underground? The floor rumbled and shook faintly, so perhaps some kind of generator or heavy
equipment was being used nearby.
He wasn’t entirely sure where or when he was, and the Unnamed One had been frosty in the extreme
when he had showed up at the Vampire Safe House that evening to take Xing on his journey. The
demon hadn’t deigned to tell Xing where he was going, only pointing crudely to a plain metallic door,
and reminding Xing’s esteemed person that he would be safe from the sun and if he obeyed the rules,
would remain unharmed. The rest of the rules had been odd, though, and the list had been exhaustingly
long. The fact remained he simply didn’t like the utilitarian, drab garments that these humans must
endure each day here in the future. They itched.
Icar couldn’t tear his eyes away from the bewitching sight in front of him. Just past the turn to the Blood
Bar, a sinuous fall of hair even more silly than Dorn’s was swishing back and forth gracefully, almost

brushing the floor with its inky black tips. Its owner tried in vain to scratch between his shoulder blades.
And the scent. The smell that was drifting his way down the corridor was electrifying, spicy, dark and
rich. The muscular shoulders and elegant hands, the slender waist and long, sleek legs below the most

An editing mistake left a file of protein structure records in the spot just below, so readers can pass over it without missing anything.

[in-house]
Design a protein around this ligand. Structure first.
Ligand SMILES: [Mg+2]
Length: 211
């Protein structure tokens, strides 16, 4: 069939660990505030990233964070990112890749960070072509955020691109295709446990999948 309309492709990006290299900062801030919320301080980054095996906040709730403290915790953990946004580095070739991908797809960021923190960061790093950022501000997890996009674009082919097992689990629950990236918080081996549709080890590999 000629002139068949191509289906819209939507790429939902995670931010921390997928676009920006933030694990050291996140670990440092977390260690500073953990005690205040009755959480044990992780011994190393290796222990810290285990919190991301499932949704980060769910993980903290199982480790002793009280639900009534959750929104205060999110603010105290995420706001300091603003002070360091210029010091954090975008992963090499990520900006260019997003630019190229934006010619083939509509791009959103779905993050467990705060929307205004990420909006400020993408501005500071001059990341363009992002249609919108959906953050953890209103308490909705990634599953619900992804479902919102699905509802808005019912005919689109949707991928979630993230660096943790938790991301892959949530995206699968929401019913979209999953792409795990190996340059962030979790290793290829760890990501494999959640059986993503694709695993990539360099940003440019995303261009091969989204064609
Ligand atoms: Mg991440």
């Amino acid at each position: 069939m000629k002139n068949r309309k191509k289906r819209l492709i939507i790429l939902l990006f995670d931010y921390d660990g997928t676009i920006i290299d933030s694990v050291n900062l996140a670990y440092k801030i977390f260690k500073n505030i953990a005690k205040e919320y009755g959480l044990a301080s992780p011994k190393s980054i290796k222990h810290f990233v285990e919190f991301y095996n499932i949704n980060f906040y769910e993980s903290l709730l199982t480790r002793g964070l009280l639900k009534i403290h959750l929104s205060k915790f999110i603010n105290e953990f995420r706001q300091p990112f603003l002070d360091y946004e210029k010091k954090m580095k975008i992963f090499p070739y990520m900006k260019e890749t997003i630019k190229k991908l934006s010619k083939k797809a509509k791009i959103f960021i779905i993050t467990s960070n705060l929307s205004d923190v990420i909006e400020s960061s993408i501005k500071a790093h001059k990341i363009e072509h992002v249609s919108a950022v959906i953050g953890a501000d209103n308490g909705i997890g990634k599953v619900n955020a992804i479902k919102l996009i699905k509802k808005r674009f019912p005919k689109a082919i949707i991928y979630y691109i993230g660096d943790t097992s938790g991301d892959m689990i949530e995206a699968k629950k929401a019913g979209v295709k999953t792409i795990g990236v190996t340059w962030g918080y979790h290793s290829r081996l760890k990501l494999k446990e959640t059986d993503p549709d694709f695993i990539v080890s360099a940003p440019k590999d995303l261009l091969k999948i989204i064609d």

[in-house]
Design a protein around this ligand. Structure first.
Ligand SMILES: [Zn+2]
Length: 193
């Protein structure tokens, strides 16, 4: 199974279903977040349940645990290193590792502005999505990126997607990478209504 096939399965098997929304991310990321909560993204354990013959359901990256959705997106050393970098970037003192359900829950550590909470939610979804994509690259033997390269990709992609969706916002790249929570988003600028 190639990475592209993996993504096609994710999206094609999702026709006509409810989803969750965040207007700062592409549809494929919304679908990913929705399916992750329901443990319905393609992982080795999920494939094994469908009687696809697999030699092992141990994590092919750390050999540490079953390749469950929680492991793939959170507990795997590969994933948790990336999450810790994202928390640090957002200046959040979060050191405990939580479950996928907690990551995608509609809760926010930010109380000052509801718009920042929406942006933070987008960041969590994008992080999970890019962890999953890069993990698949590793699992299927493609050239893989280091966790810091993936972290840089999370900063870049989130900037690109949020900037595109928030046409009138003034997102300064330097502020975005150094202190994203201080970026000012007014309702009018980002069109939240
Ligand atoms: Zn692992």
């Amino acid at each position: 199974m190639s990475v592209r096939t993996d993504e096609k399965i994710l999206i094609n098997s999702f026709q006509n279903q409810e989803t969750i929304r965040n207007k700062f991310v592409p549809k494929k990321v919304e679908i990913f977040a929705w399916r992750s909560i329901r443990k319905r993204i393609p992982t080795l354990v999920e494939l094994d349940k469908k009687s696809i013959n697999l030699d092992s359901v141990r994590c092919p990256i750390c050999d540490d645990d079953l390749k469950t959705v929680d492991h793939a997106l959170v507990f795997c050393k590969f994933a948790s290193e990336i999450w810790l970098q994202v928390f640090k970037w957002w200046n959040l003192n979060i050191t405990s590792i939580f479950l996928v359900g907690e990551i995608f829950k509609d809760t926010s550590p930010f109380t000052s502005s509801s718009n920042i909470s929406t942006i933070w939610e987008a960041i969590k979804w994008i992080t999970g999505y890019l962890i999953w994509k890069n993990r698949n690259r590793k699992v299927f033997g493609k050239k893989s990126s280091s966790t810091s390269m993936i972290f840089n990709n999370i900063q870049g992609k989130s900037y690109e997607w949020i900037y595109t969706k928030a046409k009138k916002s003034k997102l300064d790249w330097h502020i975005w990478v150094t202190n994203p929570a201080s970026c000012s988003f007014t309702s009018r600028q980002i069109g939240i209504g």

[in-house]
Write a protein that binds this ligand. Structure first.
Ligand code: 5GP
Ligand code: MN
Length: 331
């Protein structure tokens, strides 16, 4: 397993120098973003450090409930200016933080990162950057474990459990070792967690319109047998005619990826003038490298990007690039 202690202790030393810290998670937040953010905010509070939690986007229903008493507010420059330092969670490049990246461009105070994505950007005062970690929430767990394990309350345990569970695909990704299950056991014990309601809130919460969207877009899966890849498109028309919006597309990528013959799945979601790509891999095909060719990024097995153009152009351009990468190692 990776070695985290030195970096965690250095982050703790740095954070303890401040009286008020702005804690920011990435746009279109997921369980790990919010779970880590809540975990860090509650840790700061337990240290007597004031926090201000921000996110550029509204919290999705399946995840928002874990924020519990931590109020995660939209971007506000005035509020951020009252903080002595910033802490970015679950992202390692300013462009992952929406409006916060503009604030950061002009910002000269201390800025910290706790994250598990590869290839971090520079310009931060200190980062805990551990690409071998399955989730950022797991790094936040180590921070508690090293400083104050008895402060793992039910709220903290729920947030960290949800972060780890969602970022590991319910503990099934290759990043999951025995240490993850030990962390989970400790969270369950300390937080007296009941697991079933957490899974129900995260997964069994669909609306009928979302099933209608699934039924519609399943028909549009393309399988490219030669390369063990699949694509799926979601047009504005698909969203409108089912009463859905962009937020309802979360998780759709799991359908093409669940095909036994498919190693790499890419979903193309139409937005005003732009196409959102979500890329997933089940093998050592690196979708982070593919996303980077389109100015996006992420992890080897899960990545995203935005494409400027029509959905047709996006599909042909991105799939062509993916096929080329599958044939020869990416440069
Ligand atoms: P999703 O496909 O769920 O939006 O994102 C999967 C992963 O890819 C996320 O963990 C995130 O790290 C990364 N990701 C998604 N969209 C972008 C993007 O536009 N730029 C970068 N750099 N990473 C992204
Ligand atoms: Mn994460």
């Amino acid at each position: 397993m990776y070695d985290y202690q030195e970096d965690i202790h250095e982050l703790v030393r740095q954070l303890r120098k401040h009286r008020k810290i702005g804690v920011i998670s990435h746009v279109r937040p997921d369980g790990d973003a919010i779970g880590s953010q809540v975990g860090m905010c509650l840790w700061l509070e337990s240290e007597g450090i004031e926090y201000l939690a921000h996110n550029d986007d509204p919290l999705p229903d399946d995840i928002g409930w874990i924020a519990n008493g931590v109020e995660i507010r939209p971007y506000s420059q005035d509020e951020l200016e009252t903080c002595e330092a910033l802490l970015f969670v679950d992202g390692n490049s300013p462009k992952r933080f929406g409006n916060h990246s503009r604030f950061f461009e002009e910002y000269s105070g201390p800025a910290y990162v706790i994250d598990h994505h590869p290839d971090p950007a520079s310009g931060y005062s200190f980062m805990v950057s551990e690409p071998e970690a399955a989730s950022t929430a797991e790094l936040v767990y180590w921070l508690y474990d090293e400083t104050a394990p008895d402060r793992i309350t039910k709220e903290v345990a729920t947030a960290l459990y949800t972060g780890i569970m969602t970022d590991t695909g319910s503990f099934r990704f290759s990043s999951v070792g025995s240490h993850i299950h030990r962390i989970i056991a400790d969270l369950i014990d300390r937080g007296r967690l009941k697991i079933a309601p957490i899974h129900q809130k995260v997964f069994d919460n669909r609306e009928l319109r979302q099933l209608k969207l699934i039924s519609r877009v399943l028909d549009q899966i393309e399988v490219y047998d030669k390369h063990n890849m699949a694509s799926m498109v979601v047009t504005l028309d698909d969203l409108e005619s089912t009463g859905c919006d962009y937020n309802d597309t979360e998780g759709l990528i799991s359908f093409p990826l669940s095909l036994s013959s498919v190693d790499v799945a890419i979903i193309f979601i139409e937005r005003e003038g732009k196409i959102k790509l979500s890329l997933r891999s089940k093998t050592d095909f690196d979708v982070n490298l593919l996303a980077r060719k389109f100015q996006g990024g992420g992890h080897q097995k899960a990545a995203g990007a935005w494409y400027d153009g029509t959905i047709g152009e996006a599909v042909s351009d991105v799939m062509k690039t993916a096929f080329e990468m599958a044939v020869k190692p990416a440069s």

perfectly toned ass held Icar spellbound. And Icar could attest that the man was flexible, gazing in rapt
appreciation as the vision twisted even further, eyes clenched shut in frustration to reach just a little
higher on the jumpsuit. Oh yes. Whoever this miracle was, Icar had no intention of sharing his prize for
the evening with anyone. Now to strike.
Moving with his normal blinding speed, Icar closed the distance in an instant to breathe in that delicate
ivory ear. “Need assistance?”
Almond-shaped eyes as black as obsidian, surrounded by the most invitingly thick lacework of lashes,
snapped open in complete shock and a moment later the beauty was halfway down the hall, spitting
mad. “How dare you stand so close to-” and then froze.
Icar smiled. The front of the man was just as pretty as the back had been. He liked being recognized,
and clearly the Kin (for he could see the delicate points of fangs between those sumptuous lips) before